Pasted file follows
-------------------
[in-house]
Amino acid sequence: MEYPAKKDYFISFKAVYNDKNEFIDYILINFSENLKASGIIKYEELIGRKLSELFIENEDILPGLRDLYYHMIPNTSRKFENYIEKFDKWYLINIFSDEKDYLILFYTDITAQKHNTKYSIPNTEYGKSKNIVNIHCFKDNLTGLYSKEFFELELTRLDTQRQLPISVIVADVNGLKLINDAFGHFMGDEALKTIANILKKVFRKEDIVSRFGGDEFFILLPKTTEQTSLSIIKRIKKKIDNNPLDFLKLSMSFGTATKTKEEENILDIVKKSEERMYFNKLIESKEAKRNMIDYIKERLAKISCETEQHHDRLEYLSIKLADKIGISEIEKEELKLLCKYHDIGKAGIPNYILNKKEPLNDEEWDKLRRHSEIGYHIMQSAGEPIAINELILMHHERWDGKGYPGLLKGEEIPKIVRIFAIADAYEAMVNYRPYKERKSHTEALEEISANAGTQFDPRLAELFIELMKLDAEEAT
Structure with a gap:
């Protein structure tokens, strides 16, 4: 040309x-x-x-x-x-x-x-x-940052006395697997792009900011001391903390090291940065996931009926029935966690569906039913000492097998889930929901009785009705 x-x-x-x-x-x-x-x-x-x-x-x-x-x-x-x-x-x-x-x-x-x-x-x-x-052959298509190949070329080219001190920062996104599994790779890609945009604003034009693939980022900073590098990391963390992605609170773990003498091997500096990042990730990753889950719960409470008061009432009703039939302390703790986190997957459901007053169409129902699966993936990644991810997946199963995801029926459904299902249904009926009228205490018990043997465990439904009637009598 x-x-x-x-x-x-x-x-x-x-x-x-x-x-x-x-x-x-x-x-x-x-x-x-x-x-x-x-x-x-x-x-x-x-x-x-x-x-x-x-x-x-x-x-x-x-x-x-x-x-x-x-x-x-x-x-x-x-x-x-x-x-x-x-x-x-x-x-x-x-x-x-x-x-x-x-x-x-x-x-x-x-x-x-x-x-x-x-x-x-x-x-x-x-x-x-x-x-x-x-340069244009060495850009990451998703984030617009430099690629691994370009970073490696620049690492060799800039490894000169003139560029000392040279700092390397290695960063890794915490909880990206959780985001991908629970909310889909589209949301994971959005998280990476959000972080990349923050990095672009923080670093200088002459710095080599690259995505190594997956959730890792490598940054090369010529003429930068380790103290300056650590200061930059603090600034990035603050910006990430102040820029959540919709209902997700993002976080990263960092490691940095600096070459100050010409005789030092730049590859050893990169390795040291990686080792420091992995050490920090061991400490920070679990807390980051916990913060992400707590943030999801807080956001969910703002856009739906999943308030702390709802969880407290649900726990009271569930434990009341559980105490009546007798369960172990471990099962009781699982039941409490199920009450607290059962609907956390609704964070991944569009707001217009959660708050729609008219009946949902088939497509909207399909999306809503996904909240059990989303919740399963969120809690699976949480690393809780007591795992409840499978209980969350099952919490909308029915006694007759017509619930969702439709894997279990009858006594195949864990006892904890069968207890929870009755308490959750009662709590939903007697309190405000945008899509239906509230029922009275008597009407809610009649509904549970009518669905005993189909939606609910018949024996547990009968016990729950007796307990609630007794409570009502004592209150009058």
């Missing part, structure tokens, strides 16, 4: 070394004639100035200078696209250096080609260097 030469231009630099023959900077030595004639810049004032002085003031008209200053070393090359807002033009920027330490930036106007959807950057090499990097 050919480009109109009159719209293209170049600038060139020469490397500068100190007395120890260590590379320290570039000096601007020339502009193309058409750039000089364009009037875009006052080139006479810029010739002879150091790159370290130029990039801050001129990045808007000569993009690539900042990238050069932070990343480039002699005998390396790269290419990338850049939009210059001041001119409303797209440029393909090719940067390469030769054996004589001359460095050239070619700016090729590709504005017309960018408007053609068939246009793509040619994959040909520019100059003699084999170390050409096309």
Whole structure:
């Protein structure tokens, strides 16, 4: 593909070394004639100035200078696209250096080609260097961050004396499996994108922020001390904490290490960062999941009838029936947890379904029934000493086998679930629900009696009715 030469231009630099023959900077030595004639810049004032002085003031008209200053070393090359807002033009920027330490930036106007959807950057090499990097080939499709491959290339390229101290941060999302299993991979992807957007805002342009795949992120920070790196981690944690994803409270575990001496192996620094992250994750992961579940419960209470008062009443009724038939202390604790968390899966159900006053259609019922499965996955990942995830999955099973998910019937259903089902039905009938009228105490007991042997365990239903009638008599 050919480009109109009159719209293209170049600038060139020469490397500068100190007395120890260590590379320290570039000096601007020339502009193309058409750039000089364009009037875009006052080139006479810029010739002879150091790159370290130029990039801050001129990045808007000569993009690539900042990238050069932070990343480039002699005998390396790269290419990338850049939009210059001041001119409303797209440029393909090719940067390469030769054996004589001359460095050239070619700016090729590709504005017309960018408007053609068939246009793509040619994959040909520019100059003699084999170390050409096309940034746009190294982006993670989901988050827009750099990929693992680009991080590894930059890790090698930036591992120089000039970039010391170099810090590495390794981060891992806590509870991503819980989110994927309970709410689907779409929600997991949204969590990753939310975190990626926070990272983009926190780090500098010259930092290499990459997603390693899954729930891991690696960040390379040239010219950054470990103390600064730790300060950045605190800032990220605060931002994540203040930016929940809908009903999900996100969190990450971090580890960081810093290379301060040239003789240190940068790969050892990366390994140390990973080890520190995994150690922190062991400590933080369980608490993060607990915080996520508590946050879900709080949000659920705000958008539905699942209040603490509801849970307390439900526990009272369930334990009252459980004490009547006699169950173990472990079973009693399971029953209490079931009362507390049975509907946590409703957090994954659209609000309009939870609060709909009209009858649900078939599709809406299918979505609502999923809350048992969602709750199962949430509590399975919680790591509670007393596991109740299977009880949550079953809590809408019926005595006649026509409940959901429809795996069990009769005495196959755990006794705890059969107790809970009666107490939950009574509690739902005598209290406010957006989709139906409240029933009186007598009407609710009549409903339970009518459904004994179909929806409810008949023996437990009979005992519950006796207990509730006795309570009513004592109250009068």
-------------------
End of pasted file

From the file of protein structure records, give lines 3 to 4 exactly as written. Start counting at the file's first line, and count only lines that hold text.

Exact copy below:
Structure with a gap:
């Protein structure tokens, strides 16, 4: 040309x-x-x-x-x-x-x-x-940052006395697997792009900011001391903390090291940065996931009926029935966690569906039913000492097998889930929901009785009705 x-x-x-x-x-x-x-x-x-x-x-x-x-x-x-x-x-x-x-x-x-x-x-x-x-052959298509190949070329080219001190920062996104599994790779890609945009604003034009693939980022900073590098990391963390992605609170773990003498091997500096990042990730990753889950719960409470008061009432009703039939302390703790986190997957459901007053169409129902699966993936990644991810997946199963995801029926459904299902249904009926009228205490018990043997465990439904009637009598 x-x-x-x-x-x-x-x-x-x-x-x-x-x-x-x-x-x-x-x-x-x-x-x-x-x-x-x-x-x-x-x-x-x-x-x-x-x-x-x-x-x-x-x-x-x-x-x-x-x-x-x-x-x-x-x-x-x-x-x-x-x-x-x-x-x-x-x-x-x-x-x-x-x-x-x-x-x-x-x-x-x-x-x-x-x-x-x-x-x-x-x-x-x-x-x-x-x-x-x-340069244009060495850009990451998703984030617009430099690629691994370009970073490696620049690492060799800039490894000169003139560029000392040279700092390397290695960063890794915490909880990206959780985001991908629970909310889909589209949301994971959005998280990476959000972080990349923050990095672009923080670093200088002459710095080599690259995505190594997956959730890792490598940054090369010529003429930068380790103290300056650590200061930059603090600034990035603050910006990430102040820029959540919709209902997700993002976080990263960092490691940095600096070459100050010409005789030092730049590859050893990169390795040291990686080792420091992995050490920090061991400490920070679990807390980051916990913060992400707590943030999801807080956001969910703002856009739906999943308030702390709802969880407290649900726990009271569930434990009341559980105490009546007798369960172990471990099962009781699982039941409490199920009450607290059962609907956390609704964070991944569009707001217009959660708050729609008219009946949902088939497509909207399909999306809503996904909240059990989303919740399963969120809690699976949480690393809780007591795992409840499978209980969350099952919490909308029915006694007759017509619930969702439709894997279990009858006594195949864990006892904890069968207890929870009755308490959750009662709590939903007697309190405000945008899509239906509230029922009275008597009407809610009649509904549970009518669905005993189909939606609910018949024996547990009968016990729950007796307990609630007794409570009502004592209150009058």